Osong Public Health Res Perspect.  2020 Aug;11(4):177-184. 10.24171/j.phrp.2020.11.4.06.

Epidemiological Characteristics of Field Tick-Borne Pathogens in Gwang-ju Metropolitan Area, South Korea, from 2014 to 2018

Affiliations
  • 0Division of Infectious Disease Investigation, Health and Environment Research Institute of Gwangju, Gwangju, Korea
  • 0Division of Bacterial Disease Research, Center for Infectious Disease Research, Korea National Institute of Health, Cheongju, Korea
  • 0Yeosu National Quarantine Station, Korea Centers for Disease Control & Prevention, Yeosu, Korea

Abstract

Objectives

The importance of tick-borne diseases is increasing because of climate change, with a lack of long-term studies on tick-borne pathogens in South Korea. To understand the epidemiological characteristics of tick-borne diseases, the monthly distribution of field ticks throughout the year was studied in South Korea between May 2014 and April 2018 in a cross sectional study.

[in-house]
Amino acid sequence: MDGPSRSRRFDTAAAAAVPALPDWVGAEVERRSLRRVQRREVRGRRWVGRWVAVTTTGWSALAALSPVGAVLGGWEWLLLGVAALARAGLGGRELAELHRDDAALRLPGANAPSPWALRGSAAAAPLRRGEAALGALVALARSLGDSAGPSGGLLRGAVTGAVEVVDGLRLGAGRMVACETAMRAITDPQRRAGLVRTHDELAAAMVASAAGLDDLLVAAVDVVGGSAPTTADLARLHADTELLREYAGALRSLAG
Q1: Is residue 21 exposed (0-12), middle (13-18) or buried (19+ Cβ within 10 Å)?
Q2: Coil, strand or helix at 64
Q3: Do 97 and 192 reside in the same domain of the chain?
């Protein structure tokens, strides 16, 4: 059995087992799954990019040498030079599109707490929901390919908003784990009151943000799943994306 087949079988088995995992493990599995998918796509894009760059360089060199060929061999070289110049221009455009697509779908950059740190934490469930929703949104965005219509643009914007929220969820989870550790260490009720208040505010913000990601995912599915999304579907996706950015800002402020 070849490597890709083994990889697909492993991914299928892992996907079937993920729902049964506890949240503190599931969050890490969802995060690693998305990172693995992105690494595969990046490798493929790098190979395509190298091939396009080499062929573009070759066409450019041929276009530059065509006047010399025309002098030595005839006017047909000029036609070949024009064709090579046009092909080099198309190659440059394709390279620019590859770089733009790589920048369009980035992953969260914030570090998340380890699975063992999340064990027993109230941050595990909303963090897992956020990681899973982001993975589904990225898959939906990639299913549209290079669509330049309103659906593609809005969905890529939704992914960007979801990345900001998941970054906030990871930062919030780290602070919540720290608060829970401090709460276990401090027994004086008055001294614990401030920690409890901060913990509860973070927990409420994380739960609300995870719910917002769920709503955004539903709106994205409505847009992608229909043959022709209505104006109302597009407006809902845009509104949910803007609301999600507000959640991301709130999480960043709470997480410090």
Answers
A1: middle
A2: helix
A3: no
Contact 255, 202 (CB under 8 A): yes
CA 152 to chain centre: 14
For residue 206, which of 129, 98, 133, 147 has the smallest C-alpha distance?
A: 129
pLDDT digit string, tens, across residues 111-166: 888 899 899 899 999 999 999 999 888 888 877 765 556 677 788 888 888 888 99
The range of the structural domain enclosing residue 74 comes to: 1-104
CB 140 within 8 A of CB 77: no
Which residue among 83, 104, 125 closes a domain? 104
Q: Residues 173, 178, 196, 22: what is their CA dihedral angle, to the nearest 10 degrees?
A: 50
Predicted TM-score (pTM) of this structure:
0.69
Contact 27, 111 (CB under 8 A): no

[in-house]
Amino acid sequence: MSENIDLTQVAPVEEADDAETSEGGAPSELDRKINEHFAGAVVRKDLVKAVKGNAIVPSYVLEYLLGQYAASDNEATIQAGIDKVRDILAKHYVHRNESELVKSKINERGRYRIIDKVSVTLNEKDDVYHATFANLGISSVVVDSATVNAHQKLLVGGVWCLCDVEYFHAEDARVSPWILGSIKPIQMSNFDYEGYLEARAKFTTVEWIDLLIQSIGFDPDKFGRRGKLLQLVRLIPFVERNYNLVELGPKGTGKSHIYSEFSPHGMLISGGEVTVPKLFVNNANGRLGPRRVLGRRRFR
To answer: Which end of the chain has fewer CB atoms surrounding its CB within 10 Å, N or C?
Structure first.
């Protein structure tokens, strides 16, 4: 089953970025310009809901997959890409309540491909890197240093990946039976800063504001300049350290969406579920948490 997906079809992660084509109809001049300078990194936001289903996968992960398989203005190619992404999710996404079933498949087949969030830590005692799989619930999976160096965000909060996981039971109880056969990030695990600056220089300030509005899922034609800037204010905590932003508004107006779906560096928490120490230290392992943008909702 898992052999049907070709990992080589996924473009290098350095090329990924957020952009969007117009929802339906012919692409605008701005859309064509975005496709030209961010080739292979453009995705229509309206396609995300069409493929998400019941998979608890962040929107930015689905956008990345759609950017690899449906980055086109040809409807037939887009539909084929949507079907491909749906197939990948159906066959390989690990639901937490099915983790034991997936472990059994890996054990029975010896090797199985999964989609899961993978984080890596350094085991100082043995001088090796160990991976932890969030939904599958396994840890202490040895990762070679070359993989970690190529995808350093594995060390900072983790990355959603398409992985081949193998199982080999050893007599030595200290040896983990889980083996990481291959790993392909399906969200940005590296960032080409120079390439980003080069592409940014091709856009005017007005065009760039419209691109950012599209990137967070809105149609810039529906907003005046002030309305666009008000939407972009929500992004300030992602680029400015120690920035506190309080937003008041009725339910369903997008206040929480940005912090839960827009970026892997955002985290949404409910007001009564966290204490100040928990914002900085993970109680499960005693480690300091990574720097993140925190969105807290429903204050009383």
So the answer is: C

Methods

The presence of various tick-borne pathogens (Rickettsia species, Borrelia species, Anaplasma phagocytophilum) was confirmed by using polymerase chain reaction, to provide information for a prevention strategy against tick-borne pathogenic infections, through increased understanding of the relationship between seasonal variation and risk of infection with Rickettsia species. This was performed using logistic regression analysis (SPSS 20, IBM, USA) of the data obtained from the study.

Results

During the study period there were 11,717 ticks collected and 4 species identified. Haemapysalis longicornis was the most common species (n = 10,904, 93.1%), followed by Haemapysalis flava (n = 656, 5.6%), Ixodes nipponensis (n = 151, 1.3%), and Amblyomma testudinarium (n = 6, 0.05%) The results of this cross-sectional study showed that Haemapysalis flava carried a higher risk of transmission of Rickettsia species than other tick species (p < 0.05).

Conclusion

In conclusion, due attention should be paid to preventing tick-borne infections in humans whilst engaged in outdoor activities in Spring and Autumn, particularly in places where there is a high prevalence of ticks.


Keyword

; borrelia; phylogeny; rickettsia; tick
Full Text Links
  • OPHRP
Actions
Cited
CITED
export Copy
Close
Share
  • Twitter
  • Facebook
Similar articles
Copyright © 2020 by Korean Association of Medical Journal Editors. All rights reserved.     E-mail: koreamed@kamje.or.kr